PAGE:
The Recent Rock Drawings of the Lenggong Valley, Perak, Malaysia
Saidin, Mokhtar, Tacon, Paul S. C., Antiquity
The rock art of East Asia is not well known and often overshadowed by research from Europe, southern Africa, Australia and the Americas. However, rock art has been consistently reported and studied in South, East and Southeast Asia since the late 1800s (e.g. for India see Cockburn 1899; Franke 1902; for Sri Lanka and Indonesia see Chen 2001). Rock art in Malaysia was reported as early as 1879 (Daly 1879; Price 2002: 239), around the same time that many significant sites in Spain and France, such as Altamira and Chabot, were being discovered (Bahn Sc Vertut 1997: 14-22). Charcoal drawings were found in three large caves of the Sungei Batu complex near Kuala Lumpur, with excavations uncovering stone tools and ceramics. Unfortunately, the drawings were badly vandalised before they could be recorded (Chen 2001: 767).
About 50 years later, a preliminary study of another cave with charcoal drawings was published by Evans (1927b). He photographed and briefly described Gua Badak, a small limestone cave in the Lenggong Valley, Perak. Further research was undertaken in the late 1950s with the discovery of Gua Tambun at Ipoh (Matthews 1959, I960; Knuth 1962) but by 1990 there were still only four sites known from peninsular Malaysia (Adi 1990: 92). There are now 15 known rock art sites from across this region (see Table 1 and Zulkifli 2003 for brief details of some), not including megaliths inscribed with symbols in the south. There are also a number of sites in Sabah (e.g. Bellwood 1988; Gansser 1990) and Sarawak (e.g. Datan 1993), and new discoveries continue to be made (e.g. Mokhtar et al. 2008). Despite this, only brief Malaysia-wide summaries of the rock art have been produced (Datan 1998a & b; Adi 2007; Mokhtar 2008) and only two detailed studies published (Datan 1993; Tan & Chia 2010).
In 2007, a new Malaysian rock art research programme was initiated. One of its goals is to locate and document previously unknown sites and in this regard there are many areas of high potential requiring survey. Work began with surveying for unrecorded sites in part of Sabah (Mokhtar et al. 2008), the first comprehensive recording of Gua Tambun (Tan 2010; Tan & Chia 2010) and the mapping of sites in the Lenggong Valley of Perak, in the northern Malaysian Peninsula. We report on the latter, placing this art in historic, archaeological and ethnographic contexts before interpreting it in relation to changes brought about by the arrival of Europeans.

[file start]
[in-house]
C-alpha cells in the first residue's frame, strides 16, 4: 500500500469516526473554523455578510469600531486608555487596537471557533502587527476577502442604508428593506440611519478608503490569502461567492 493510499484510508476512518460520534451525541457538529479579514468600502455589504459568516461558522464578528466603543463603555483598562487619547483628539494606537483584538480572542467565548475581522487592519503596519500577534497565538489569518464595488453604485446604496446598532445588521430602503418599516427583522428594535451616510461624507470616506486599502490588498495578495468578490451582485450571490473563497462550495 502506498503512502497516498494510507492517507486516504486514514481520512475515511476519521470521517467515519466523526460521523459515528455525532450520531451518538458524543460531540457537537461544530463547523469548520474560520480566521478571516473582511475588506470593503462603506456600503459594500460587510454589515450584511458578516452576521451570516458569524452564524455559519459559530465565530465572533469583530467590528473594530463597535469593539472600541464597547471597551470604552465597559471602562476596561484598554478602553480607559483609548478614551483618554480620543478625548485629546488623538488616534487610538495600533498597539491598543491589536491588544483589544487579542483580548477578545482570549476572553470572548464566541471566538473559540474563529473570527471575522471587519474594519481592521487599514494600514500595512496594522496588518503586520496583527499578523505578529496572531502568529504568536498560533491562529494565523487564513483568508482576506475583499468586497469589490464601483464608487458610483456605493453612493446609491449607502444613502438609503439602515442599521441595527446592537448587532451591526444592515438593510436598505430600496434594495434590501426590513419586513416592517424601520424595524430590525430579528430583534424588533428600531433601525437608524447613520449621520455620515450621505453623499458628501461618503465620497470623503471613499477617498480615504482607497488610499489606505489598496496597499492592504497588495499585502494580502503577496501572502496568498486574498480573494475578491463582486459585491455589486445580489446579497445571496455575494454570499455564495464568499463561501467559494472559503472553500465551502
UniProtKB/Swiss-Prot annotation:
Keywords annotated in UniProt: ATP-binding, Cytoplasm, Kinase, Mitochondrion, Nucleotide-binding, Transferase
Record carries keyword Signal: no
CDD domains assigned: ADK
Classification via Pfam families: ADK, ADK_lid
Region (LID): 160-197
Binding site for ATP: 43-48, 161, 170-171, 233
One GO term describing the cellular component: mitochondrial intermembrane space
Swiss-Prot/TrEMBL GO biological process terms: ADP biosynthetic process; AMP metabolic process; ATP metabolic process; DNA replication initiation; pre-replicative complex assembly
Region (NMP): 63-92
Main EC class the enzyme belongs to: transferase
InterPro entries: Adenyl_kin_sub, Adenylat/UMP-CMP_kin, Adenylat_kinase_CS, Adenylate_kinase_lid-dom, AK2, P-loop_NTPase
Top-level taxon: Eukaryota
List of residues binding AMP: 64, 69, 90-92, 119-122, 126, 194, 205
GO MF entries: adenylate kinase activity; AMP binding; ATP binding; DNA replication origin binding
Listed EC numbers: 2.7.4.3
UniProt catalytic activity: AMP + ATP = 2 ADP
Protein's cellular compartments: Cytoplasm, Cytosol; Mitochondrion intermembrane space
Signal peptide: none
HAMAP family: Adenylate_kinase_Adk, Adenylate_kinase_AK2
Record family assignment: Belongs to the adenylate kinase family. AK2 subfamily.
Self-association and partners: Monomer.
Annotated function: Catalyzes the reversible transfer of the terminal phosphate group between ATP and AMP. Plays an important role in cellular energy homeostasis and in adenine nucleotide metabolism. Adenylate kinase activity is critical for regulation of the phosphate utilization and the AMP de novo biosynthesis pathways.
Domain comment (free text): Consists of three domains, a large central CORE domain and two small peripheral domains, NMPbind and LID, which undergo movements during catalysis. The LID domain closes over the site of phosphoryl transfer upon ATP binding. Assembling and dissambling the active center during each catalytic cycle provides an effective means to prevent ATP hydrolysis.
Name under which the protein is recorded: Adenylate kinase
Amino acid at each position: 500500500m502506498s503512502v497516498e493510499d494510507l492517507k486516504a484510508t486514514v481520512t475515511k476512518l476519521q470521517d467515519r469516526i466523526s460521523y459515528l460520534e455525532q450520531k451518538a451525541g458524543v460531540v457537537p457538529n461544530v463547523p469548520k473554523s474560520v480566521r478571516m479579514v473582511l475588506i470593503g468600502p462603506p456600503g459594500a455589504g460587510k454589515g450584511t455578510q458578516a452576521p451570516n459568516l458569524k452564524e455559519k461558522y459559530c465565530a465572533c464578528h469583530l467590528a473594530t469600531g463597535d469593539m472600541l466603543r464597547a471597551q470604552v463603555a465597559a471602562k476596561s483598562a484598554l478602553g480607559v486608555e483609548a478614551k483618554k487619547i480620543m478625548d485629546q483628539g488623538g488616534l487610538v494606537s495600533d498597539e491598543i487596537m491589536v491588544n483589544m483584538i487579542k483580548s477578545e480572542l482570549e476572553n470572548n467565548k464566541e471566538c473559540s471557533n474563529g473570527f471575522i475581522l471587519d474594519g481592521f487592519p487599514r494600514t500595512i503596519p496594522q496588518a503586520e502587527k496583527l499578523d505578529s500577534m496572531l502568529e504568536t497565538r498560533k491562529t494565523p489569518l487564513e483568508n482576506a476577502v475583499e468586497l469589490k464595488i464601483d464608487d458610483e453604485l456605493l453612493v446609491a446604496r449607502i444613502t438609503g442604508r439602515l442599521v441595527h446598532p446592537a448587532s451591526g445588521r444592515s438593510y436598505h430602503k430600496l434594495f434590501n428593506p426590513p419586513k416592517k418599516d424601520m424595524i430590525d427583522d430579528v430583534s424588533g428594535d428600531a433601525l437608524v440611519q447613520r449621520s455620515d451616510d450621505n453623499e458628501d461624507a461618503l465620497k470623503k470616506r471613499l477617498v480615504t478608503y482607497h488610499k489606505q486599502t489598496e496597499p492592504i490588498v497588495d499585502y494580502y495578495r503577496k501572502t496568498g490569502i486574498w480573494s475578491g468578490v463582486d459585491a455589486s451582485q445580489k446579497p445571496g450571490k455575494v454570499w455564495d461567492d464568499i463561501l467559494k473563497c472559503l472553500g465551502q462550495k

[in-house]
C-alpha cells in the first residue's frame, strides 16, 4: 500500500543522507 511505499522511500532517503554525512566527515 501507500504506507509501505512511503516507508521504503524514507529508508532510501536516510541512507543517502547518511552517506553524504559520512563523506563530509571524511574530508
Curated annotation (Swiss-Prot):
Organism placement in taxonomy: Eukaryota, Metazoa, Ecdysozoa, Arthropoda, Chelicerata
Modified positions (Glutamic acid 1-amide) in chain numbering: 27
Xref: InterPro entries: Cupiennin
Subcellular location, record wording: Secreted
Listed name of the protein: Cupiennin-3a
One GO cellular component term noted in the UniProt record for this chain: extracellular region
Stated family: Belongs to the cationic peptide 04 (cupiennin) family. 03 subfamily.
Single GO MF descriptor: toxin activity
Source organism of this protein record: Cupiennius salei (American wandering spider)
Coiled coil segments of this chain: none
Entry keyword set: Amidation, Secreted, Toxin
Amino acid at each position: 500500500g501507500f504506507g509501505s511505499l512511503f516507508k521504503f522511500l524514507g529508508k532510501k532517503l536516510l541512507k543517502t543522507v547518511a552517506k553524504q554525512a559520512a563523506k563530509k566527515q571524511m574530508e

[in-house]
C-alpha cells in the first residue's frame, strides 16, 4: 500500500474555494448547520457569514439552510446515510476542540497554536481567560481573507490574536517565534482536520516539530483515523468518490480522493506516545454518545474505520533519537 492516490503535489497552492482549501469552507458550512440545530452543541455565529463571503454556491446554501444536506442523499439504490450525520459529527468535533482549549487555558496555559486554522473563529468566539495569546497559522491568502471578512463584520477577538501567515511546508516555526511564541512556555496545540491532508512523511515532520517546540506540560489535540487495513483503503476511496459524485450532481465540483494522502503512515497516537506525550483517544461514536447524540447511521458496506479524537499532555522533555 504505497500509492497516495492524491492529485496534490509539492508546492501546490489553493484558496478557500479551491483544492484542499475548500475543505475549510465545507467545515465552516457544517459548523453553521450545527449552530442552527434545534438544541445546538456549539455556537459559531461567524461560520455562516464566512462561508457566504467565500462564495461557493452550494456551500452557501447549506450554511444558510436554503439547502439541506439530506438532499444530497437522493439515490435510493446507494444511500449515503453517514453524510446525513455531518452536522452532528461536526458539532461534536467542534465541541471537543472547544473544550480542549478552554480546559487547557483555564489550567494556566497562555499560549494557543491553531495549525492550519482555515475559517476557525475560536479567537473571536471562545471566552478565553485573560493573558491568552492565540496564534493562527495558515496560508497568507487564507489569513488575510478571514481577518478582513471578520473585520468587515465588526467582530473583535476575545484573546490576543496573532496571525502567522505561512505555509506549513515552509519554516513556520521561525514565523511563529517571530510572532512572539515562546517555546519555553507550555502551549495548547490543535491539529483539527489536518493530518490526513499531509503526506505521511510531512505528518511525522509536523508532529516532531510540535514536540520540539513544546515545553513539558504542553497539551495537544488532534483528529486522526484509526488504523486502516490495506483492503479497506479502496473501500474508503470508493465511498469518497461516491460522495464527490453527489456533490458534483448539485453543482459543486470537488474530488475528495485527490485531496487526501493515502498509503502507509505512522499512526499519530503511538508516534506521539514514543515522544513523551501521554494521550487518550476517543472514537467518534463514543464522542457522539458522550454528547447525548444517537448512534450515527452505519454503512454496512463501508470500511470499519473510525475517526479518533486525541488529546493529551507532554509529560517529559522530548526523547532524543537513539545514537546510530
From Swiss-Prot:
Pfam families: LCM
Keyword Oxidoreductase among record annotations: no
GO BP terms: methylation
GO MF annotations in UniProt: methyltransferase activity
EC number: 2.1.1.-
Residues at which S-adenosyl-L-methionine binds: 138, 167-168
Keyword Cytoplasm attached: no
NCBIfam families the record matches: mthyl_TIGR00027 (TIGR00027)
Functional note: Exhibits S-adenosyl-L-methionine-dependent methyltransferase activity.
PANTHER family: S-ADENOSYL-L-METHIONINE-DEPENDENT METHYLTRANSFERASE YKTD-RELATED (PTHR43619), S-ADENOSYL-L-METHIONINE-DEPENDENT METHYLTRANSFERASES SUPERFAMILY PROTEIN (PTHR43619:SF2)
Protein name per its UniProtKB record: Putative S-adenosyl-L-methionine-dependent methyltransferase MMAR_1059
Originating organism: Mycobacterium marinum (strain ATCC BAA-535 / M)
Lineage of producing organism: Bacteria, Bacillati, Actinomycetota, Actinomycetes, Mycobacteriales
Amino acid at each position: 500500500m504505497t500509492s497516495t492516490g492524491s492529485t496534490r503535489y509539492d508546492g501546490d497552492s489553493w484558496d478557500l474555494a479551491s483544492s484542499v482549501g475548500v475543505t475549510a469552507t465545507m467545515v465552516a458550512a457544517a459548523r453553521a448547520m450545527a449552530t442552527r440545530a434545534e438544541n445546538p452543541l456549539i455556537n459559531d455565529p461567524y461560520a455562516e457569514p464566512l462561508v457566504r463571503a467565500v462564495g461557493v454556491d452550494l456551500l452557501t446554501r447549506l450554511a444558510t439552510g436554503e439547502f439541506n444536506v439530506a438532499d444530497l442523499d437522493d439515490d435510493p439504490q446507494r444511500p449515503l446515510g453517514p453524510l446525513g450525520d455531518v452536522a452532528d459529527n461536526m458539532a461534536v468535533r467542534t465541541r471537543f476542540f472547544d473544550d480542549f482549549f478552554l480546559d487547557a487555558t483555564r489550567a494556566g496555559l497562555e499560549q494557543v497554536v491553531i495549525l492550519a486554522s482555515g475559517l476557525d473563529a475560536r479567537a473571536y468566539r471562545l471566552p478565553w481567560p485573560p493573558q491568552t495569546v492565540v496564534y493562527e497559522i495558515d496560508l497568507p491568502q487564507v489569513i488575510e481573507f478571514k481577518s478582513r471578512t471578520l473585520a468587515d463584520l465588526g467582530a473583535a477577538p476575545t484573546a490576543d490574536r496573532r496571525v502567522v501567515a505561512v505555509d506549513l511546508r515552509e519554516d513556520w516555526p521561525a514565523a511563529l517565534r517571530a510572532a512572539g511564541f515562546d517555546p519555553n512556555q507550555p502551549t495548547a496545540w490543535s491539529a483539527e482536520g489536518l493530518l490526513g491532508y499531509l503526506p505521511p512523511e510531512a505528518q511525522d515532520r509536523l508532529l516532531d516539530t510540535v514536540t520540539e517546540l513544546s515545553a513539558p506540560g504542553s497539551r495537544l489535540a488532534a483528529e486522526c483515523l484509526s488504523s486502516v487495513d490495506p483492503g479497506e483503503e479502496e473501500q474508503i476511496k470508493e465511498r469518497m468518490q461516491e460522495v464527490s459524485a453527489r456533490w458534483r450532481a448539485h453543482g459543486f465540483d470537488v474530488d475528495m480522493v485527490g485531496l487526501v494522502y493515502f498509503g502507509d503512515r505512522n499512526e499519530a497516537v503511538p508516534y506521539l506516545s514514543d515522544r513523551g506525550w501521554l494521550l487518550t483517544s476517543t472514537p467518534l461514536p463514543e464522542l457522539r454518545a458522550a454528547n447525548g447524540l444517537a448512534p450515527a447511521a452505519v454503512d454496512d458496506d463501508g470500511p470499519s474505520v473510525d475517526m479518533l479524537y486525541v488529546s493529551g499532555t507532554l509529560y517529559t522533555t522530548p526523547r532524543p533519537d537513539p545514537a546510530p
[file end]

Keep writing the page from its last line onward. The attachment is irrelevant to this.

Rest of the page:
Lenggong Valley rock art sites
The Lenggong Valley archaeological area (Figure 1) is located in the state of Perak about 90km north of Ipoh. The Banjaran Bintang limestone range bounds its western side while the massive Banjaran Titiwangsa lies to the east. It runs roughly north-south with the Perak River flowing swiftly through the centre of the valley floor. It is part of the traditional rainforest home of the Semang, often referred to as Negritos in early literature (Skeat & Blagden 1906; Schebesta 1928; Evans 1937). Genetic studies suggest Semang Negritos have been in northern Malaysia for at least 50 000 years, possibly associated with an expansion of modern humans out of Africa (Hill et al. 2006).
[FIGURE 1 OMITTED]
This is an area of high rainfall, a warm to hot humid environment and, traditionally, thick jungle. There are 72 limestone gua (caves/shelters) in the now light- to medium-forested Lenggong area. All 72 have been documented but only 5 have rock art, consisting of about 400 surviving charcoal drawings: Gua Badak, Gua Dayak, Gua Gelok, Gua Batu Puteh and Gua Batu Tukang (Figure 1). Evans (1918) states there were drawings in a sixth cave, Gua Kajang, but they have not survived. All of the rock art sites are located low in the landscape, close to the valley floor and river, in contrast to early Neolithic and Palaeolithic sites, such as Gua Gunung Runtuh where the Perak Man burial was uncovered, which are at varying altitudes. …